Another pleasant aspect at least for the neutral has been how smaller clubs have humbled the bigger clubs. Between 2006 and 2009 the top four was filled with Manchester United, Chelsea, Arsenal and Liverpool every season. This season though Manchester City, Spurs and Newcastle may infiltrate the top four and shove out more established clubs. And while Man City’s new found wealth means they’re in the top echelons of British and European football to stay, Spurs and Newcastle with considerably smaller wage bills have beaten Liverpool, look set to beat Chelsea and are an Arsenal collapse at West Brom away from beating them as well.
Now of course fans of those clubs will be unhappy at their clubs underperforming but I would guess the wider public are more than happy to see the likes of Spurs & Newcastle, who through being well run and playing good football are eclipsing larger, more bloated rivals. While Liverpool’s struggles may have devastated their fan base, the rest of the country had a right good giggle at their plight. Chelsea’s struggles under Andre Villas-Boas had a similar effect. Even Tottenham and Arsenal having crazed, bipolar seasons where both sides have switched between superb football and a ghastly rotten mess have thrilled and humoured the footballing public.
Along with the goals and the action, I write this article a few days before the last day of the season with six of the ten fixtures having money, reputations and more at stake. The title, race for the top four and battle to avoid relegation are all still in the balance. The last time we had a title race so close heading into the final day was in 1999 when United were a point ahead of Arsenal with the pressure of winning the Treble on their shoulders. Never before on the final day has the title race, relegation and the battle to make the top four all gone to the final day.
There have been some unfortunate episodes though. The racism allegations against Luis Suarez and John Terry were an unsavoury return to the bigotry of the 1970’s and 80’s and also sparked some fairly despicable behaviour from fans unhappy their players were accused of racism. Anton Ferdinand and Patrice Evra being so vitriolically abused for the heinous crime of allegedly being racially abused was disgusting and showed the worst of fan behaviour.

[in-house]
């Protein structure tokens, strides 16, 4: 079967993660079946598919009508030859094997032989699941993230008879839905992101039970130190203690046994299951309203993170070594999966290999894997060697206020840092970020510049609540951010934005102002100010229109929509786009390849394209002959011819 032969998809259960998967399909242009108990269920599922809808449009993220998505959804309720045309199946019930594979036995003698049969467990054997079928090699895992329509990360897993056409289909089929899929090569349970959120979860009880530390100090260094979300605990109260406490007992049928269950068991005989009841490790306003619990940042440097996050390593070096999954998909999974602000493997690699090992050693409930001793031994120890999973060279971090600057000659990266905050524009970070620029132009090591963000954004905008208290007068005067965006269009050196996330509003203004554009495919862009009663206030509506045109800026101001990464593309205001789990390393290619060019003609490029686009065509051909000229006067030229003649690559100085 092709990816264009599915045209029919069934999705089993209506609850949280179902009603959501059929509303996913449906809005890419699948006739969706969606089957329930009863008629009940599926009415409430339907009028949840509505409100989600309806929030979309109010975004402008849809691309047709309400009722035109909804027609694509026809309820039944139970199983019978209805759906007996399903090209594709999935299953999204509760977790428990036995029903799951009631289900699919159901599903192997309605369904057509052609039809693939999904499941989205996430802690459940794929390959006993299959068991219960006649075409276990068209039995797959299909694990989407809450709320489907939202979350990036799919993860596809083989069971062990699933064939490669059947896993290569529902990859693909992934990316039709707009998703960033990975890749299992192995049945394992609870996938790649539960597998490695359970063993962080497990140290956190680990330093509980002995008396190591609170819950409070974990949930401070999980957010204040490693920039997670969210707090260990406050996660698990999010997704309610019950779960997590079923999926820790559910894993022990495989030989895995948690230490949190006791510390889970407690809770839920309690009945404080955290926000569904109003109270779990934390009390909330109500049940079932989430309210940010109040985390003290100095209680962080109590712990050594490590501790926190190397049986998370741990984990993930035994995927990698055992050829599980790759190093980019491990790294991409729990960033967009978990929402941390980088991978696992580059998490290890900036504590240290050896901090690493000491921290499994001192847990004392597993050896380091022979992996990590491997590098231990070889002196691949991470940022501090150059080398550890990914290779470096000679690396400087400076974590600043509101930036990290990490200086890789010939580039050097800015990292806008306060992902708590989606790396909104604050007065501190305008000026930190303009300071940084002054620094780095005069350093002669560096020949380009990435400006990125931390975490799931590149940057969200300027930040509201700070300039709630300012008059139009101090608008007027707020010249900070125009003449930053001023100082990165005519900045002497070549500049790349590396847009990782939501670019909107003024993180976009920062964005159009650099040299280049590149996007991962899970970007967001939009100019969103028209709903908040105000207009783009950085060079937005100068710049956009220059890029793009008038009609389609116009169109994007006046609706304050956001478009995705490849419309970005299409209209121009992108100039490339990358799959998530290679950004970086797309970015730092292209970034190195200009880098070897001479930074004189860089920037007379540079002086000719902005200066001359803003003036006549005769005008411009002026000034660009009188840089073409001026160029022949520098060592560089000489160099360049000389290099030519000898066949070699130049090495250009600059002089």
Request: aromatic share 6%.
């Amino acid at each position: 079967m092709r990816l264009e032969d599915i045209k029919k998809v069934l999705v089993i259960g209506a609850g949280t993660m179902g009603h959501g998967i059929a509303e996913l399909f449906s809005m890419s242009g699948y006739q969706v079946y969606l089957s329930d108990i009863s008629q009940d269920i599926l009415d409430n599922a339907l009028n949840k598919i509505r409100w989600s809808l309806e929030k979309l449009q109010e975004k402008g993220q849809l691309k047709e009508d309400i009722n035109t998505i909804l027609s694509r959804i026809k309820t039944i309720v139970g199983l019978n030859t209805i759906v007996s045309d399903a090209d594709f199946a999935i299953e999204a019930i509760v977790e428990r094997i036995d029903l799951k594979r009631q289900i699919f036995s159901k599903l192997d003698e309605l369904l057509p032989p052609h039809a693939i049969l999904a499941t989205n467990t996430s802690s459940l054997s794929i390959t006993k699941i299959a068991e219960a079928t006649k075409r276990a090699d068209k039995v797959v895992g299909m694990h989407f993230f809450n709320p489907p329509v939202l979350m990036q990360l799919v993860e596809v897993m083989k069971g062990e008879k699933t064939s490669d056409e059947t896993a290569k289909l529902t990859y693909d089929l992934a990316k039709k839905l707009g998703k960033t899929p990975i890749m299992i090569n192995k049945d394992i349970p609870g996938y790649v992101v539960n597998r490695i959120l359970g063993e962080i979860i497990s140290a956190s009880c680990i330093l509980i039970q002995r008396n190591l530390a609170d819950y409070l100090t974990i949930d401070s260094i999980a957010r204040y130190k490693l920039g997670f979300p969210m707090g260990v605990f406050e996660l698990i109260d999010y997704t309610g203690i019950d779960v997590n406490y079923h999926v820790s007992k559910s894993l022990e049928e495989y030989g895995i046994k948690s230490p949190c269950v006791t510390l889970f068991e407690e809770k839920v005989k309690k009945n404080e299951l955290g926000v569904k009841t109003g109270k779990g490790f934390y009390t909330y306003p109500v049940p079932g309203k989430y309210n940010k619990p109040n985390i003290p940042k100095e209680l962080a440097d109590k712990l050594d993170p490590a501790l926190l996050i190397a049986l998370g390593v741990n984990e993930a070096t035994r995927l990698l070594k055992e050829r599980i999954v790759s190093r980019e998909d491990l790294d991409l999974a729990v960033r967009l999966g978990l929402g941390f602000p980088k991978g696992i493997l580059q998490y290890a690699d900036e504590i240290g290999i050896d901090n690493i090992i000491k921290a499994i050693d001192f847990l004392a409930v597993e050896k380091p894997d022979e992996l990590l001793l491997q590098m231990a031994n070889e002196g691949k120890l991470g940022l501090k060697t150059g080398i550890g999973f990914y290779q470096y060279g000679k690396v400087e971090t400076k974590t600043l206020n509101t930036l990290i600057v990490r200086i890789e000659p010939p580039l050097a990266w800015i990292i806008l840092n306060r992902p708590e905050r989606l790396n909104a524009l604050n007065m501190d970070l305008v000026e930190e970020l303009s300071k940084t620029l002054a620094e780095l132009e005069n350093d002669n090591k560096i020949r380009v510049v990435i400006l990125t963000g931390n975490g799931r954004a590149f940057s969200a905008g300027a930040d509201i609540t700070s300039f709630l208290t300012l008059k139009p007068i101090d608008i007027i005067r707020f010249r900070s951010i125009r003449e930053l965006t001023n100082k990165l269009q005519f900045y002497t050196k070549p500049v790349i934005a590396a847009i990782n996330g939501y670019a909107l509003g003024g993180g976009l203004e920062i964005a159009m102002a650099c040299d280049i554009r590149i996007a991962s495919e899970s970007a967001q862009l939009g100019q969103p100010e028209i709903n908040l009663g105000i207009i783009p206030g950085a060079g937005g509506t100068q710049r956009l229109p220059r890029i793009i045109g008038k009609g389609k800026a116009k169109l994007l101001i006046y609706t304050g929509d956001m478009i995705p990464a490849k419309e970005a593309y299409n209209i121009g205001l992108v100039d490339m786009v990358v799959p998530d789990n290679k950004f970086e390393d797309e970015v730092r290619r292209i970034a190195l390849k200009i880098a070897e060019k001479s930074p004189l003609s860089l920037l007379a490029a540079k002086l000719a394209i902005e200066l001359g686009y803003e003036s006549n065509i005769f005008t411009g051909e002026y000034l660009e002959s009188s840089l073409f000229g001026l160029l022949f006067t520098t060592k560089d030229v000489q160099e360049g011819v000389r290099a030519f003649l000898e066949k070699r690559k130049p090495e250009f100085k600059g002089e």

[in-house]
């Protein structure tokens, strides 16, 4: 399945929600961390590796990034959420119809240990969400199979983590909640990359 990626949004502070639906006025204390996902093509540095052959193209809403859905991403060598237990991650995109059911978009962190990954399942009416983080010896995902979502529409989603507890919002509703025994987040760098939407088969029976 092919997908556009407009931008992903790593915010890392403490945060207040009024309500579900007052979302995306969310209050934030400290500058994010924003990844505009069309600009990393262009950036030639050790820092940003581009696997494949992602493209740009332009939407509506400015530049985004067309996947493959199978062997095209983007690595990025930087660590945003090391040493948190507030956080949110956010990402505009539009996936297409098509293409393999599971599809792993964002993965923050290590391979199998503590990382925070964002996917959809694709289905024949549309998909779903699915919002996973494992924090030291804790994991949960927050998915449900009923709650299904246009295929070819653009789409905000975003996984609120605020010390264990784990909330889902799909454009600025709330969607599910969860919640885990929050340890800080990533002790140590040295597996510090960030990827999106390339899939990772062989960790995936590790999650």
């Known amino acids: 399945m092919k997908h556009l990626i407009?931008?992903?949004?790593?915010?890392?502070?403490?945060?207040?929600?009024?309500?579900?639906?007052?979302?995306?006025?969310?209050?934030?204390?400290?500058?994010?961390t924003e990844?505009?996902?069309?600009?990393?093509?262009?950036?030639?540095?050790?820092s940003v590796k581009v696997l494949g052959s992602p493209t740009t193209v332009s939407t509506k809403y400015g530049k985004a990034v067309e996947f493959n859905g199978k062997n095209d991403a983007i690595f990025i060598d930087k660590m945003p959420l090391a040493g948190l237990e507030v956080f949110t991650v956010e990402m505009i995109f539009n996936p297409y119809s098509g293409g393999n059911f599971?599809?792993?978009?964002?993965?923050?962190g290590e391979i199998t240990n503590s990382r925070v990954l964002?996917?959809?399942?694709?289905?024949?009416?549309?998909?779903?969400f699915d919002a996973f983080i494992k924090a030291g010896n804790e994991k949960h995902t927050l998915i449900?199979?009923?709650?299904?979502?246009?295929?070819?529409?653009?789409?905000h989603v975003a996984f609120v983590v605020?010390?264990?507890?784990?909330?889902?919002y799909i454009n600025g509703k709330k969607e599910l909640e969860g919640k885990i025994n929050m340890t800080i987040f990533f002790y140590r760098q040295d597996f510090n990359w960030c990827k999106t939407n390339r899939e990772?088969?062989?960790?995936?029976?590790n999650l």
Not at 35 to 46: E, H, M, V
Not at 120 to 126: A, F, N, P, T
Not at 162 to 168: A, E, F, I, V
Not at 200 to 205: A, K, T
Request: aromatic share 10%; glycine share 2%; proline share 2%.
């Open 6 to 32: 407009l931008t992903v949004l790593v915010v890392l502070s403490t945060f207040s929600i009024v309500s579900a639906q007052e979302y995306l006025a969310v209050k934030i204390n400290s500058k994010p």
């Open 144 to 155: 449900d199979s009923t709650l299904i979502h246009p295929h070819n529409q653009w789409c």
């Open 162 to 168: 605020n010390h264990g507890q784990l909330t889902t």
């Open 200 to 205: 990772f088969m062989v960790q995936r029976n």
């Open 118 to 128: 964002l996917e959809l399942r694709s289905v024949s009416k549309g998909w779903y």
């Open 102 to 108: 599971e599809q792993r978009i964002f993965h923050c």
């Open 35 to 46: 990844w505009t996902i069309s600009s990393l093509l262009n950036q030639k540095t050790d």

Before I’m accused of bigotry myself for talking about how great this season has been while racism has made an unwelcome return to newspaper front pages, every season has its controversies. Football wouldn’t be the same without them. Whether it’s Eric Cantona kung-fu kicking a fan, fan hooliganism, players and managers breaking contracts, cheating on their spouses, having their hands caught in the till or even drink and drugs having their wicked way, football is not all sweetness and light.
However football still can be enjoyed and should be enjoyed. It can even be a force for good. Not to mention how off the field the football community was superb in supporting the friends and families of Gary Speed and Fabrice Muamba after the tragic occurrences that befell those two individuals. The sleaze and scandals in football are unpleasant and need to be stamped out. But fans should still enjoy what they watch week in week out. Football, goals, tackles, great dribbles, great feats of skills that may never be caught on camera but will stay in the minds of fans and aficionados for years to come.
This season has had great goals, great games, a great finale in prospect with plenty of hidden gems in there as well. Whether it’s Mario Balotelli’s crazy antics, Hatem Ben Arfa’s wonderful dribbles, Wigan pulling off the most aesthetically pleasing escape from relegation ever seen or Norwich and Swansea with little money and even fewer expectations finishing comfortably mid-table, there has been a lot to smile about. This season has been a cracker and is one to be savoured deliciously before we sample the delights of Euro 2012.